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Trial court errantly suppressed DUI evidence

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A Marion Superior Court should not have suppressed evidence of intoxication of a man who was taken to a roll-call station on suspicion of drunken driving, the Indiana Court of Appeals ruled.

Police pulled over William Gilbert after they said he ran a stop sign. Police said they detected the odor of alcohol and Gilbert stumbled as he exited his vehicle, at which time he was taken in for testing.

“These observations are sufficient to constitute probable cause, and therefore, Gilbert’s arrest and transport to the roll call site did not violate his rights under the Fourth Amendment,” Chief Judge Margret Robb wrote.

The state dismissed the charges against Gilbert after evidence was suppressed, but pursued this appeal, State of Indiana v. William Gilbert, 49A05-1303-CR-140.

The trial court didn’t rule based on Gilbert’s argument that officers failed to inquire about his false teeth, thus rendering breath test results inadmissible. The Court of Appeals, though, was chomping to address the question and found Guy v. State, 823 N.E.2d 274, 275 (Ind. 2005), provided guidance. In that case, an argument that a tongue stud made breath tests inadmissible was rejected.

“We believe our supreme court’s decision in Guy precludes Gilbert’s argument that his false teeth make the breath test results inadmissible,” Chief Judge Margret Robb wrote for the panel.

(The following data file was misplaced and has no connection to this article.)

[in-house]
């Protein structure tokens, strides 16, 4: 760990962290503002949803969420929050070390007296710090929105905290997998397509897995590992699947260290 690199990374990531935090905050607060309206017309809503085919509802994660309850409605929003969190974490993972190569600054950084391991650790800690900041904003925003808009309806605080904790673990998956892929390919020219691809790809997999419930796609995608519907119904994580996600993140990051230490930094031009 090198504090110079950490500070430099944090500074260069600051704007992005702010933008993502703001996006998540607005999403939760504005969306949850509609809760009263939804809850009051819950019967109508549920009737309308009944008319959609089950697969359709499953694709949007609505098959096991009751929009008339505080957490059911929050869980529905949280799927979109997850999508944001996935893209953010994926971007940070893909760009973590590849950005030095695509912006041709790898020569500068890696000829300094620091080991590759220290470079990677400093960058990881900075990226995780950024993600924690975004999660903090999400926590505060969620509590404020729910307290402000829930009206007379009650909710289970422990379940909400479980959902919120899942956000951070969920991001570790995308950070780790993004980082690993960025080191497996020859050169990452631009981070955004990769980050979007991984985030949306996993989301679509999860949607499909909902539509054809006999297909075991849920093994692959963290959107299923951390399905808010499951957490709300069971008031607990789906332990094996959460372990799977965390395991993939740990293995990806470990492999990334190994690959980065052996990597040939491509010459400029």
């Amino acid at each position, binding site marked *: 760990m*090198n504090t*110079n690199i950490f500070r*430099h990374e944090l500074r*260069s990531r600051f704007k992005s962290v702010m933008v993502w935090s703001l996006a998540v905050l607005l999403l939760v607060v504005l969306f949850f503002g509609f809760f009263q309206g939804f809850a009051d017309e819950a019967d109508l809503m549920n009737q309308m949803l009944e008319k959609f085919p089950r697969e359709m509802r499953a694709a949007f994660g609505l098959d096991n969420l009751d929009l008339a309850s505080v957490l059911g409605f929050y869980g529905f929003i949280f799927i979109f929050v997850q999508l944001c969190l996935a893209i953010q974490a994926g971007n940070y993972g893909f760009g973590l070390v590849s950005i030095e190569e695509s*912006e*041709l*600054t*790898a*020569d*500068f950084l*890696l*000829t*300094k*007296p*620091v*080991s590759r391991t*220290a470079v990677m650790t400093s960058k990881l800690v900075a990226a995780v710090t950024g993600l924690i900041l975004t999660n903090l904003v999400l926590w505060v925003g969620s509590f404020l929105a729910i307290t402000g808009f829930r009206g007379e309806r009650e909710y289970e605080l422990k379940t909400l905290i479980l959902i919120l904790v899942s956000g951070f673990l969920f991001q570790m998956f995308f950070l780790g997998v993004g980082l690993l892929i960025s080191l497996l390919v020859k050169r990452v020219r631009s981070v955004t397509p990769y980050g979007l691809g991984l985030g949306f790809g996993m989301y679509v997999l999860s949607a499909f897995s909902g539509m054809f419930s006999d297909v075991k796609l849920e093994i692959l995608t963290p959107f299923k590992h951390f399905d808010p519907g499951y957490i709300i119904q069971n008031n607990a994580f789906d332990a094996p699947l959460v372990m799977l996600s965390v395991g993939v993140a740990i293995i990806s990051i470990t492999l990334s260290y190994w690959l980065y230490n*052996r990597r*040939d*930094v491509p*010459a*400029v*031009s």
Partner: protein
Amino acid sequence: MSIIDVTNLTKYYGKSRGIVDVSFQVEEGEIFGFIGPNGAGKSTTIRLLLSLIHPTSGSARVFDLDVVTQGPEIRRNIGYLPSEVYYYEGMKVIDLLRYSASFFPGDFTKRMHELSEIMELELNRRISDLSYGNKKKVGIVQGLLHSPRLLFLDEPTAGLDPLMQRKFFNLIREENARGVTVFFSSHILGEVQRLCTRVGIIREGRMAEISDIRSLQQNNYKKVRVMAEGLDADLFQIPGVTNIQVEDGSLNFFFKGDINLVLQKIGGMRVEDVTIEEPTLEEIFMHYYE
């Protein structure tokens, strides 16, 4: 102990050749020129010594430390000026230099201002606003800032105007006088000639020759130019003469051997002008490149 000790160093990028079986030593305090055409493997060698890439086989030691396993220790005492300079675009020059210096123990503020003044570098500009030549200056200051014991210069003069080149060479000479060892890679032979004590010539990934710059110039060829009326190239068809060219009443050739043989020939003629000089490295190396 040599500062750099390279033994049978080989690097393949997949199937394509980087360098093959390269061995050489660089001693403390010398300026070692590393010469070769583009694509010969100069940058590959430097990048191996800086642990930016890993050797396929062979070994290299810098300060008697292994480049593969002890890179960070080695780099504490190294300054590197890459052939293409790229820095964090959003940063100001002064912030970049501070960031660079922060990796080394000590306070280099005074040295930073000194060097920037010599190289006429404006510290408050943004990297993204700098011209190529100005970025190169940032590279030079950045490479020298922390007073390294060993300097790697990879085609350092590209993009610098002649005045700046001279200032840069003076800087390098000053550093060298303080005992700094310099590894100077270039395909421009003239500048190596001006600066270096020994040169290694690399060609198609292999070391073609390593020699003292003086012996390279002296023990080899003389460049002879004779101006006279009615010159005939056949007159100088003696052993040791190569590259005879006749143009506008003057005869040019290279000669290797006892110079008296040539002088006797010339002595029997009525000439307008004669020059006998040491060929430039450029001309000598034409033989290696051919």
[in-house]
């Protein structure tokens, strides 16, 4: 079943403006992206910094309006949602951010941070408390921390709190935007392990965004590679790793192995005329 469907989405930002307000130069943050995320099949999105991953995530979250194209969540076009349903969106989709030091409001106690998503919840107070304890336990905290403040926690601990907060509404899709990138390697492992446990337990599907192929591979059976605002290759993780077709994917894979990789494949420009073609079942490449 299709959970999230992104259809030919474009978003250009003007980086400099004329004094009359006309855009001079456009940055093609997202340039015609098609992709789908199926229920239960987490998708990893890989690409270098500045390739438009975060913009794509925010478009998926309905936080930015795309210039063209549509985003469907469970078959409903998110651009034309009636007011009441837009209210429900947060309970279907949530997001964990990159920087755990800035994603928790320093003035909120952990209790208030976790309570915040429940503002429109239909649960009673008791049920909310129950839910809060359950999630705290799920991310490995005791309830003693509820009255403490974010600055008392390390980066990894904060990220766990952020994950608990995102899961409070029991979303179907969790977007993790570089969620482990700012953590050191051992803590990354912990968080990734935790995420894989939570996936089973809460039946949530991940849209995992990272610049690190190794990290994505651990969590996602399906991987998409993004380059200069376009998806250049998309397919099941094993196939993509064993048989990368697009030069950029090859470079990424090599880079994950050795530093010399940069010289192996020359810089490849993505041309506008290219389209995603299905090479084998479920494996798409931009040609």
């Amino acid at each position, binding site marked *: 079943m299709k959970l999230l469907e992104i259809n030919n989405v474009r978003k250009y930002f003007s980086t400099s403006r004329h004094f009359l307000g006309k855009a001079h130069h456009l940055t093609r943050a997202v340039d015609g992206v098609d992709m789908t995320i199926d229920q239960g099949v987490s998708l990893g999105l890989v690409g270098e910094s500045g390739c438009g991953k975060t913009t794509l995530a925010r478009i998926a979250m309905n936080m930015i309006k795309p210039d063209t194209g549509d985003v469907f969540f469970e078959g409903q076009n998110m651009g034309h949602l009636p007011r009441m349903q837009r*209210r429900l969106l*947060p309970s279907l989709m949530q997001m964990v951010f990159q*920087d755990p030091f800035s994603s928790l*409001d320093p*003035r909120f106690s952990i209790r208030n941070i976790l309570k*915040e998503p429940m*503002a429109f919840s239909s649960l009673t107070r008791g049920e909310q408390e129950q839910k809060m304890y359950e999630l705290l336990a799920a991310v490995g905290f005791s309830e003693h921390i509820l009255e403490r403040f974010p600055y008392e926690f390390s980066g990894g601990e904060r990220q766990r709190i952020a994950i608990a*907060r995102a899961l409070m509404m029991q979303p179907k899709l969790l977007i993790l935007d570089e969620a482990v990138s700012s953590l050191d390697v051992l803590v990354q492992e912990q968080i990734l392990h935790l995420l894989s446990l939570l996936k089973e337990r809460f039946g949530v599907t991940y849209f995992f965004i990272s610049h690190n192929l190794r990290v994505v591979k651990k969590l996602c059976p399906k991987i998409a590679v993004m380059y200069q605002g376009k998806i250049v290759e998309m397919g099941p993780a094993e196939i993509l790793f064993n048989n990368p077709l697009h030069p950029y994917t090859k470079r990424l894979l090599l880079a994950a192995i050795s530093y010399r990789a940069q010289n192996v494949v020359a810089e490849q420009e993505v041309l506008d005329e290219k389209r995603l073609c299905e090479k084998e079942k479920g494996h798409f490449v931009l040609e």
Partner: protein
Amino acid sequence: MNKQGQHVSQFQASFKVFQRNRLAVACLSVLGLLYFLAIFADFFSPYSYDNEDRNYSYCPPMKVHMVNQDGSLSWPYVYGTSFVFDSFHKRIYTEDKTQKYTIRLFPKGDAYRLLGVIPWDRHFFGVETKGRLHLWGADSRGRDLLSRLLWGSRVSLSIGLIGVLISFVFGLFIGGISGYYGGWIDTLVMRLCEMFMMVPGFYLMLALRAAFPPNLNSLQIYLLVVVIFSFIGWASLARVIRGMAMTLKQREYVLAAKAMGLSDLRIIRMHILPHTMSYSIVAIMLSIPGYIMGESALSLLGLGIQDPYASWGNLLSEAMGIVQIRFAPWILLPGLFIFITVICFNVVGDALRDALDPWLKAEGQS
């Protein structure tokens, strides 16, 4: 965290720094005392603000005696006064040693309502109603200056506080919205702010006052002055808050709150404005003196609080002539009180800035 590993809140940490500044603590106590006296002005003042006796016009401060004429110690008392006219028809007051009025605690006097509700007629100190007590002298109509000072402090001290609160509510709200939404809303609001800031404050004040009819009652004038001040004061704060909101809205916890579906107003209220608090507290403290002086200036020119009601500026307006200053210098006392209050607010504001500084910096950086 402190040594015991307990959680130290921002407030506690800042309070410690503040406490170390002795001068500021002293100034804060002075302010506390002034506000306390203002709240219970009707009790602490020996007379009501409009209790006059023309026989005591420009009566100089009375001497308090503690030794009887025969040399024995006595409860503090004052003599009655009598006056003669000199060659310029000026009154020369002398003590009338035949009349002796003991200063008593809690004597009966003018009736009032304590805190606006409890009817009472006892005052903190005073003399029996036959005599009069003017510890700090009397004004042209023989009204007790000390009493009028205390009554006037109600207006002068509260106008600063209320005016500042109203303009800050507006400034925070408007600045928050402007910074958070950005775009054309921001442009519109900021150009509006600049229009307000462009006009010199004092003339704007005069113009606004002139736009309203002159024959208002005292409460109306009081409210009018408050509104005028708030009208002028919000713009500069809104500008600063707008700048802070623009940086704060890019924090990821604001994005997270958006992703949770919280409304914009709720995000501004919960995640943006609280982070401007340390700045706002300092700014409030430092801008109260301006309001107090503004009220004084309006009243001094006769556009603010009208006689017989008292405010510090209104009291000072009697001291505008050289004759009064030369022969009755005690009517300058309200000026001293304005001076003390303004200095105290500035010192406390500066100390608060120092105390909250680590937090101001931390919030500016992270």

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  1. What is this, the Ind Supreme Court thinking that there is a separation of powers and limited enumerated powers as delegated by a dusty old document? Such eighteen century thinking, so rare and unwanted by the elites in this modern age. Dictate to us, dictate over us, the massess are chanting! George Soros agrees. Time to change with times Ind Supreme Court, says all President Snows. Rule by executive decree is the new black.

  2. I made the same argument before a commission of the Indiana Supreme Court and then to the fedeal district and federal appellate courts. Fell flat. So very glad to read that some judges still beleive that evidentiary foundations matter.

  3. KUDOS to the Indiana Supreme Court for realizing that some bureacracies need to go to the stake. Recall what RWR said: "No government ever voluntarily reduces itself in size. Government programs, once launched, never disappear. Actually, a government bureau is the nearest thing to eternal life we'll ever see on this earth!" NOW ... what next to this rare and inspiring chopping block? Well, the Commission on Gender and Race (but not religion!?!) is way overdue. And some other Board's could be cut with a positive for State and the reputation of the Indiana judiciary.

  4. During a visit where an informant with police wears audio and video, does the video necessary have to show hand to hand transaction of money and narcotics?

  5. I will agree with that as soon as law schools stop lying to prospective students about salaries and employment opportunities in the legal profession. There is no defense to the fraudulent numbers first year salaries they post to mislead people into going to law school.

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